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Charming vs. erratic. Psychopaths have the ability to mold themselves to gain trust and relationships. They are able to obtain a long-term job or even a family life, because these are all pieces and pawns for them to move around in the giant chess game. For sociopaths, they lack what their psychopathic counterparts have because of their impulsive and unpredictable actions.

Socially unconscious vs. conscious. As cruel as it sounds, psychopaths are not guilty of what they do. For example, their emotionless selves allow them to intentionally harm someone without holding any remorse. But for sociopaths, they are familiar with societal norms and they are just relatively less socially conscious than the general public. They know they shouldn’t harm someone but it’s not enough to stop their deviant behaviors.

There are female psychopaths too, but they express their psychopathic tendencies differently.

Most of the psychopathic characters you see on TV or movies are male. In reality, the ratio of psychopathic men and women is 20:1. So where are all the female psychopaths?

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After numerous studies and experiments, researchers have found female psychopaths are just as dangerous as sociopaths. The main reason behind such discrepancy in gender ratio is because female psychopaths are harder to identify.

A research[2] suggests men and women with this disorder do not differ in the existence of psychopathic characteristics and traits, but the expression of these personality traits. Female psychopaths display manipulative, deceitful, impulsive characteristics in a way which is typically associated with other mental illnesses. For example, a woman with explosive outbursts, or constantly wants to be the center of attention, you may not immediately associate her actions as psychopathic.

Reference

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Frank Yung

Writer. Storyteller. Foodie.

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Last Updated on November 18, 2021

10 Proven Ways to Judge a Person’s Character

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10 Proven Ways to Judge a Person’s Character

We all fall into the trap of judging a person’s character by their appearance. How wrong we are! All too often, the real character of the person only appears when some negative event hits them or you. Then you may see a toxic person emerging from the ruins and it is often a shock.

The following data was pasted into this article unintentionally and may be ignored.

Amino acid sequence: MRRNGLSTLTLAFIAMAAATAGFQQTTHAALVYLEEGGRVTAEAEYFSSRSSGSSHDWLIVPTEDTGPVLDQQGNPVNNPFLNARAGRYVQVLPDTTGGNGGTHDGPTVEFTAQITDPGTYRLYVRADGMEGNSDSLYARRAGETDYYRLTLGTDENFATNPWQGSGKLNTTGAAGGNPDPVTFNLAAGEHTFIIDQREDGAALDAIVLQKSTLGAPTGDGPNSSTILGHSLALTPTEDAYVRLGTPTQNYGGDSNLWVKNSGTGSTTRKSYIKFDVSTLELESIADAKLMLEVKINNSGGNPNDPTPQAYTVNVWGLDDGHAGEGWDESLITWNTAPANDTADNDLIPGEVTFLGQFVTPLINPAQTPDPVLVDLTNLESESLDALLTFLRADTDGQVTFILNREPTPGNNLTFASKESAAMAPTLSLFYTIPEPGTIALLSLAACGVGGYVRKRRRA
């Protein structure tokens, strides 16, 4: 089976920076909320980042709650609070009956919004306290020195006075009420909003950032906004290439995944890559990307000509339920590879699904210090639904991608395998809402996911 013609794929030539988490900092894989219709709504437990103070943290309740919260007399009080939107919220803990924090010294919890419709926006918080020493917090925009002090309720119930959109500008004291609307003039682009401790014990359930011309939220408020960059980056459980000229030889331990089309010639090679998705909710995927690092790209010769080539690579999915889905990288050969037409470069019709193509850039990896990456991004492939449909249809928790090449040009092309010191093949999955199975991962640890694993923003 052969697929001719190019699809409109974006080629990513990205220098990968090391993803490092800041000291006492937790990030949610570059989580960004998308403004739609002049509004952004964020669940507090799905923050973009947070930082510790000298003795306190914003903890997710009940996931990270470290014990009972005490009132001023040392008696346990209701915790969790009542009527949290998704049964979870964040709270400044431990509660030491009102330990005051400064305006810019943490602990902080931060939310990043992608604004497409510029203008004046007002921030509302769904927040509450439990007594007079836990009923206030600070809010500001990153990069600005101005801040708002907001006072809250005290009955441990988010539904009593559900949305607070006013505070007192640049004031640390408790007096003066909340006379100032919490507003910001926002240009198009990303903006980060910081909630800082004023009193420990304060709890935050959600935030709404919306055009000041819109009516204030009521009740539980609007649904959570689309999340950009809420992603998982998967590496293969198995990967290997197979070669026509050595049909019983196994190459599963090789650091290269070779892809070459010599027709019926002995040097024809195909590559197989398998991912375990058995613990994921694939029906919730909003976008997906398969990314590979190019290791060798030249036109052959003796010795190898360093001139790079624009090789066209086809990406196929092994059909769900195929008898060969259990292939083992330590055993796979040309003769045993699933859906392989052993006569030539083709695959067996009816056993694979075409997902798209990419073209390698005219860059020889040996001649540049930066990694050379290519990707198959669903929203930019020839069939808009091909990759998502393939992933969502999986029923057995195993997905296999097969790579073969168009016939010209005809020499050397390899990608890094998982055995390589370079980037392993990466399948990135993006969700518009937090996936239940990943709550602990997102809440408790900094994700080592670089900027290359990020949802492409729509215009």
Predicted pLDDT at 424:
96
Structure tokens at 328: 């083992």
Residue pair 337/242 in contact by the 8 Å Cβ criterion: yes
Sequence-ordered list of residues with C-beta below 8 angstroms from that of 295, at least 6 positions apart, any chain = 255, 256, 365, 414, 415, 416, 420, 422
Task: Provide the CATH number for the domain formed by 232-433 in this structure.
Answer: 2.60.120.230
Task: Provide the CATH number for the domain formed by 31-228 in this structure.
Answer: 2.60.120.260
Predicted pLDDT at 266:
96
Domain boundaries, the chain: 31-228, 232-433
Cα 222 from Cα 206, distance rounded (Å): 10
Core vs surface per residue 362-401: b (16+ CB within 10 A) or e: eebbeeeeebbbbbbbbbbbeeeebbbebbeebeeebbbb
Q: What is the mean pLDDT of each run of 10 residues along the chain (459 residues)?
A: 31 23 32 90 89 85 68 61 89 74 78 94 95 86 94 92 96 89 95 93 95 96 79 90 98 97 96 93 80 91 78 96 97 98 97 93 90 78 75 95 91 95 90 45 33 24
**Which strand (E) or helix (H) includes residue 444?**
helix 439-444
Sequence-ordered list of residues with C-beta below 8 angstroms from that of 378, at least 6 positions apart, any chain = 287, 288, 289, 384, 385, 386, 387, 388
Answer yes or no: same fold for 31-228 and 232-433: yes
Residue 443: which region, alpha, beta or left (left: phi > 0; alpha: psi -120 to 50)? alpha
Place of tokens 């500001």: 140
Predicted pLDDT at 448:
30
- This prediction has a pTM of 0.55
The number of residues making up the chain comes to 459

A truly frightening example is revealed in the book by O’Toole in Bowman called Dangerous Instincts: How Gut Instincts Betray Us. A perfectly respectable, charming, well dressed neighbor was found to have installed a torture chamber in his garage where he was systematically abusing kidnapped women. This is an extreme example, but it does show how we can be totally deceived by a person’s physical appearance, manners and behavior.

So, what can you do? You want to be able to assess personal qualities when you come into contact with colleagues, fresh acquaintances and new friends who might even become lifelong partners. You want to know if they are:

  • honest
  • reliable
  • competent
  • kind and compassionate
  • capable of taking the blame
  • able to persevere
  • modest and humble
  • pacific and can control anger.

The secret is to reserve judgment and take your time. Observe them in certain situations; look at how they react. Listen to them talking, joking, laughing, explaining, complaining, blaming, praising, ranting, and preaching. Only then will you be able to judge their character. This is not foolproof, but if you follow the 10 ways below, you have a pretty good chance of not ending up in an abusive relationship.

1. Is anger a frequent occurrence?

All too often, angry reactions which may seem to be excessive are a sign that there are underlying issues. Do not think that every person who just snaps and throws his/her weight around mentally and physically is just reacting normally. Everyone has an occasional angry outburst when driving or when things go pear-shaped.

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But if this is almost a daily occurrence, then you need to discover why and maybe avoid that person. Too often, anger will escalate to violent and aggressive behavior. You do not want to be near someone who thinks violence can solve personal or global problems.

2. Can you witness acts of kindness?

How often do you see this person being kind and considerate? Do they give money to beggars, donate to charity, do voluntary work or in some simple way show that they are willing to share the planet with about 7 billion other people?